- The Hamptons
- Las Vegas
- Los Angeles
- New York
- Orange County
- Palm Beach
- San Diego
- San Francisco
- Silicon Valley
- Washington, D.C.
Korey Huyler | Photo: Scott McDonald at Hedrich Blessing | April 11, 2014
A tip to keep your architect on track? Buy the lot next door to his house.
You never know what you’ll encounter these days when someone knocks on your front door. It could be Girl Scouts, campaign pollsters or someone volunteering to shovel your driveway. For Thomas Roszak, the strangers knocking on the door of his glass and steel masterpiece in Northfield one Sunday morning in 2010 had but one simple question: “Who designed your home?” They loved it, and, though they didn’t yet have property to call their own, they wanted to use his architect to design their dream house.
With a chuckle, Roszak explained to the newly married couple that he was the architect, and had recently designed and built the house himself. The husband and wife came inside, spent a few hours talking to Roszak, and fell in love with his talent and vision. He was hired! The only problem? They didn’t have a piece of property upon which to build their dream scheme. Fast-forward six months, when the home next to Roszak’s came on the market; the couple immediately bought it, tore it down, and the rest is history.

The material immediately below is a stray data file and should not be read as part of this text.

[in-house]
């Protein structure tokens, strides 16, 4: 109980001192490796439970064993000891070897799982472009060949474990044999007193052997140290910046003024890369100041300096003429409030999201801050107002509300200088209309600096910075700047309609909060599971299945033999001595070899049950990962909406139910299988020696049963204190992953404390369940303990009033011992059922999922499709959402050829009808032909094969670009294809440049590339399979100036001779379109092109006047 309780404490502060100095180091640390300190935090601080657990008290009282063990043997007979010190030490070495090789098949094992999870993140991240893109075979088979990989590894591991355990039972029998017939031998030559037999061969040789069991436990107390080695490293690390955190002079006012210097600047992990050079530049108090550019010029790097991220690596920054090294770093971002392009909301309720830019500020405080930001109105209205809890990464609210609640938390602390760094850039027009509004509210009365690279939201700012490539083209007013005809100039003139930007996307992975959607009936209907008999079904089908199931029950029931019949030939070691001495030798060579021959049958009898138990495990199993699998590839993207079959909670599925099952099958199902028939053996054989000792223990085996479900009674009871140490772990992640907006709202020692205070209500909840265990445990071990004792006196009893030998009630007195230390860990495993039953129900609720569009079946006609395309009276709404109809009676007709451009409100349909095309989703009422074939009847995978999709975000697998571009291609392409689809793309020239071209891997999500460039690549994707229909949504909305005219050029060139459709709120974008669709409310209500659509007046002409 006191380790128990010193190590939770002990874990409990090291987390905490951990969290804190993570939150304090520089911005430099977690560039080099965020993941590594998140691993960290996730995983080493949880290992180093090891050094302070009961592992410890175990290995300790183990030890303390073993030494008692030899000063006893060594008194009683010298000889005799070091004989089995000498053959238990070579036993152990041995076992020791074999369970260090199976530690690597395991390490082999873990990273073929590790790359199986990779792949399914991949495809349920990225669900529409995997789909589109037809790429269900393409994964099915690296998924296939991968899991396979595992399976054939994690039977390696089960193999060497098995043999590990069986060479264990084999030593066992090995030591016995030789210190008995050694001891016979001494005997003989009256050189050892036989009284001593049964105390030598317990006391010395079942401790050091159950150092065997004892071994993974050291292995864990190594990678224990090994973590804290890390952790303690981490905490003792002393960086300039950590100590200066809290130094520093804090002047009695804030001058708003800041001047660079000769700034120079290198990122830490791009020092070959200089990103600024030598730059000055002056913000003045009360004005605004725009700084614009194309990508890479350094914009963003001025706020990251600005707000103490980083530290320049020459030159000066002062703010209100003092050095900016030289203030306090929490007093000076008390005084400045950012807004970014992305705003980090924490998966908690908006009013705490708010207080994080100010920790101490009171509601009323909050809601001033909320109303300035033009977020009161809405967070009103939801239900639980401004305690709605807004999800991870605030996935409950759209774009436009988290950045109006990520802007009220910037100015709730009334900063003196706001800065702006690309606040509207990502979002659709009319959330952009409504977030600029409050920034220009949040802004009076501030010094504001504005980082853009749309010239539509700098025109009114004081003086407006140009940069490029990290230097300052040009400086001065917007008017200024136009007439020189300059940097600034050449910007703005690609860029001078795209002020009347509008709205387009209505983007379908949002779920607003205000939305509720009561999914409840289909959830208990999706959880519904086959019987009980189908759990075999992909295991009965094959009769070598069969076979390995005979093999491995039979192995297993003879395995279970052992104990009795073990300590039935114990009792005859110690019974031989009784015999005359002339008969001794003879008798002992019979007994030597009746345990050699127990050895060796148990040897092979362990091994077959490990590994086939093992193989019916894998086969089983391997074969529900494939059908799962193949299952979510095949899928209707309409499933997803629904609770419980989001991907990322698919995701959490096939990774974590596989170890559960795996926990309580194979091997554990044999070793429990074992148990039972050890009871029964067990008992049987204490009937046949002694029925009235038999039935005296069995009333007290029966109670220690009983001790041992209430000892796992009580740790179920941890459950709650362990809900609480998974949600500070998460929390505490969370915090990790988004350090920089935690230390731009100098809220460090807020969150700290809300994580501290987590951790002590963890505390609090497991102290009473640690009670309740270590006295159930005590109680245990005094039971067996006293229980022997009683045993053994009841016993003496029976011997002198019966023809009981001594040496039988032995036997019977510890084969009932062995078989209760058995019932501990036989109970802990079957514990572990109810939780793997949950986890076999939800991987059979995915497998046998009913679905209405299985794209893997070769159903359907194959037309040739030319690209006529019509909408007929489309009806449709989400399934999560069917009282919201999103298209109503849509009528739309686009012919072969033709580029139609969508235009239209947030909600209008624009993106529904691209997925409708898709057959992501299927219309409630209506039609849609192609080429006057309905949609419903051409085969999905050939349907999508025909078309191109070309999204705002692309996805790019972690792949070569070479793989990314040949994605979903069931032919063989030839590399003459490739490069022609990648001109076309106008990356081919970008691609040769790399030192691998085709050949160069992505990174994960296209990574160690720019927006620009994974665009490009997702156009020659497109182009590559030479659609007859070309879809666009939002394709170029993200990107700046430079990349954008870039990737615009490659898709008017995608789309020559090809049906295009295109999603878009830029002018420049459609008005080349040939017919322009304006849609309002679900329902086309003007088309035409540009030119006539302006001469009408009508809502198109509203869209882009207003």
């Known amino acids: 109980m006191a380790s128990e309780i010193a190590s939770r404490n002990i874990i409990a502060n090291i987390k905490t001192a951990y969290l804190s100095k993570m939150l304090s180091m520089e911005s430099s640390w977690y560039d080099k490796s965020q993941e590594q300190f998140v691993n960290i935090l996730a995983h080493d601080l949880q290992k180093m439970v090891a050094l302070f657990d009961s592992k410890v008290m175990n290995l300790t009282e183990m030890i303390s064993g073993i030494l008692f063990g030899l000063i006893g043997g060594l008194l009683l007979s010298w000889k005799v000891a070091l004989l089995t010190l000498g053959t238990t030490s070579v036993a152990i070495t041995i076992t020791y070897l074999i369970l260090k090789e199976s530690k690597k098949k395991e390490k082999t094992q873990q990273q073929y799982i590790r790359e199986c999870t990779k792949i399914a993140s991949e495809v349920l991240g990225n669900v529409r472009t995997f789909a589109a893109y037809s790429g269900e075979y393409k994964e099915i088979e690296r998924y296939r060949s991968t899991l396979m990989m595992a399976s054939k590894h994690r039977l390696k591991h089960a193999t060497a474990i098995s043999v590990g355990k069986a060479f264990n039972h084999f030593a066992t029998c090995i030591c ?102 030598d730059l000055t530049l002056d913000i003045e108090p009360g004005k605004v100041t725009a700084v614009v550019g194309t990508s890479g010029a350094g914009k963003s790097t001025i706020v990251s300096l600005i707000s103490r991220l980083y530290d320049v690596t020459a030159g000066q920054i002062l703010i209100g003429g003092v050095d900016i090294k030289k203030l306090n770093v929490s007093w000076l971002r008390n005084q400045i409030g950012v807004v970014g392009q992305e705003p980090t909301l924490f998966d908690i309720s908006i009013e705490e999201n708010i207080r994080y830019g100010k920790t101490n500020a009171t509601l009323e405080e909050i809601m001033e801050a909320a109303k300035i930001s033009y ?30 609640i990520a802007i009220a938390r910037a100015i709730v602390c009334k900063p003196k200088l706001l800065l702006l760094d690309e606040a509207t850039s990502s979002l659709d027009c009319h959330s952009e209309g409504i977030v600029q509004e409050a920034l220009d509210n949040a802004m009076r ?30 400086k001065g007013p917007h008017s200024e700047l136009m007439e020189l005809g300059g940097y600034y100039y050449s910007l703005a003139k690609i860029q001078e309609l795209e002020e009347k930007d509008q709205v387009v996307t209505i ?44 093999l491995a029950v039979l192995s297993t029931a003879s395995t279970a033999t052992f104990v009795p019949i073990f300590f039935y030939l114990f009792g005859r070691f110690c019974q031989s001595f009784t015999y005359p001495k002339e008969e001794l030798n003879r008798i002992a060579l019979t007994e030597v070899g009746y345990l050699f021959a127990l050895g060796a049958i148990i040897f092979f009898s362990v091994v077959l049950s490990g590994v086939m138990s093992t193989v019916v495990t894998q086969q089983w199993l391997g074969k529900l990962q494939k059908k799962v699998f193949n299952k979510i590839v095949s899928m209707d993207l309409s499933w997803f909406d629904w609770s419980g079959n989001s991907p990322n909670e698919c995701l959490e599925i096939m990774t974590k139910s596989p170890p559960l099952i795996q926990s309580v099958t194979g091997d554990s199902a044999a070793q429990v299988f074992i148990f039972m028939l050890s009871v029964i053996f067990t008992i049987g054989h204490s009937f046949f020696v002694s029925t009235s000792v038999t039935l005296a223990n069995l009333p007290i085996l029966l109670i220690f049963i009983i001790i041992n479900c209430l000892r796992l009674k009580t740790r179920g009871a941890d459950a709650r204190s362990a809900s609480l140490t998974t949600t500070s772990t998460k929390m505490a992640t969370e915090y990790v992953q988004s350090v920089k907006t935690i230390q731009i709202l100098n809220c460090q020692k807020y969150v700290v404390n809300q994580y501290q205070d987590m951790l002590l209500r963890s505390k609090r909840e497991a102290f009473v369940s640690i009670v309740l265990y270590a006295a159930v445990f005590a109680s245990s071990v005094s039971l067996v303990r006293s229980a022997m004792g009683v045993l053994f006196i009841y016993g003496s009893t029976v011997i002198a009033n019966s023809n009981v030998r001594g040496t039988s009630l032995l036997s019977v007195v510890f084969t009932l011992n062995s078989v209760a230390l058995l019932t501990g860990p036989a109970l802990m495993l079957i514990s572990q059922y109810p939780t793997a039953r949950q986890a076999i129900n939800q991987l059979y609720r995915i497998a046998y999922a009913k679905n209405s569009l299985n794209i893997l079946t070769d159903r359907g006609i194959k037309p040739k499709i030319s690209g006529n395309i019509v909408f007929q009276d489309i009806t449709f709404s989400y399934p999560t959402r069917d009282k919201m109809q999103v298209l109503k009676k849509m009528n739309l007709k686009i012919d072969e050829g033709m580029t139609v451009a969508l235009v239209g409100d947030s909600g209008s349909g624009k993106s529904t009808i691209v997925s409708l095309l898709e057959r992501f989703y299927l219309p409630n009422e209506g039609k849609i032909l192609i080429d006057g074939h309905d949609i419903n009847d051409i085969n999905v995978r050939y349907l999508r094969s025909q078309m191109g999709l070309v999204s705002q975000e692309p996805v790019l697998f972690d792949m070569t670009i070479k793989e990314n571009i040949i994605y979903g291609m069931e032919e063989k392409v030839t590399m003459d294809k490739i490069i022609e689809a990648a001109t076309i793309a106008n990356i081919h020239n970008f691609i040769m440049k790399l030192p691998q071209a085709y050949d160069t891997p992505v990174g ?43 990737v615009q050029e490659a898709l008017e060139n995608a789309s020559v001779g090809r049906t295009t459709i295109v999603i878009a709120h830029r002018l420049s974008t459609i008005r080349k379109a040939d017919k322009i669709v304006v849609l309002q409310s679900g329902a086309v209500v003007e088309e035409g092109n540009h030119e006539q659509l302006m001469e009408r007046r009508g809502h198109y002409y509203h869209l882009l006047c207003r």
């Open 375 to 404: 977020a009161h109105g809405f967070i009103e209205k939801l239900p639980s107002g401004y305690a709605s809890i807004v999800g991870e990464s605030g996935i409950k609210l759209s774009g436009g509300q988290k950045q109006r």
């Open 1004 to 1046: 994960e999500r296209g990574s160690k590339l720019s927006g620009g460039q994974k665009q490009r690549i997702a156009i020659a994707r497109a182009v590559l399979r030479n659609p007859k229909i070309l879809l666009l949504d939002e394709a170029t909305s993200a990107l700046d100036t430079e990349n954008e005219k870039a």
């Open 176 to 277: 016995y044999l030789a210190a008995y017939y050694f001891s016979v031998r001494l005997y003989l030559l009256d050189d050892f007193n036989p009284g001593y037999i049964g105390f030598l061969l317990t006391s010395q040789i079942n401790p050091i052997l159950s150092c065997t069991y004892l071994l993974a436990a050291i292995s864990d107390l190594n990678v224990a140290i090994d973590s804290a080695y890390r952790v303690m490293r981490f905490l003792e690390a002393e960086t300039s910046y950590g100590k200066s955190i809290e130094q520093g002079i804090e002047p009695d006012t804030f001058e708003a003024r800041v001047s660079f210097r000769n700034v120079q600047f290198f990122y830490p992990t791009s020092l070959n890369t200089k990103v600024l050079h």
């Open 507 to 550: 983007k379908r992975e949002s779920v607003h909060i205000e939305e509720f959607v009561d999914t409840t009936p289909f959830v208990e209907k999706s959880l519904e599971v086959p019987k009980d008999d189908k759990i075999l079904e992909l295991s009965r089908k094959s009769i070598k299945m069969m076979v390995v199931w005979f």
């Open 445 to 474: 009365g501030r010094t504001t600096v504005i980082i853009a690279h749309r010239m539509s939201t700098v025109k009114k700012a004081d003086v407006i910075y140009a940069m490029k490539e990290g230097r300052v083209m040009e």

During numerous trips together to the Merchandise Mart, Roszak and the couple planned every single aspect of the new home. The homeowners had a few requests: They wanted a house that could easily blend their two families (with three children from previous marriages), have separate wings for the adults and children, and have an in-law bedroom suite on the first level. The passionate foodies also wanted a kitchen that could serve as the center of the home and a huge terrace off their master suite. But really, the busy couple just wanted a peaceful oasis, a place they would feel happy coming home to each and every day.
“We wanted to create a livable, functional retreat—like a mini-mansion,” explains the husband, who works in private equity and often travels for his job. “Around here, you see huge, mega-mansions. We wanted something that was very functional, something that would let you enjoy the experience of being outside when you’re inside. When you approach the house, how do you feel when you see it? It’s a warming of the soul. To this day, when I come home from traveling, I just feel so wonderful. It’s crazy.”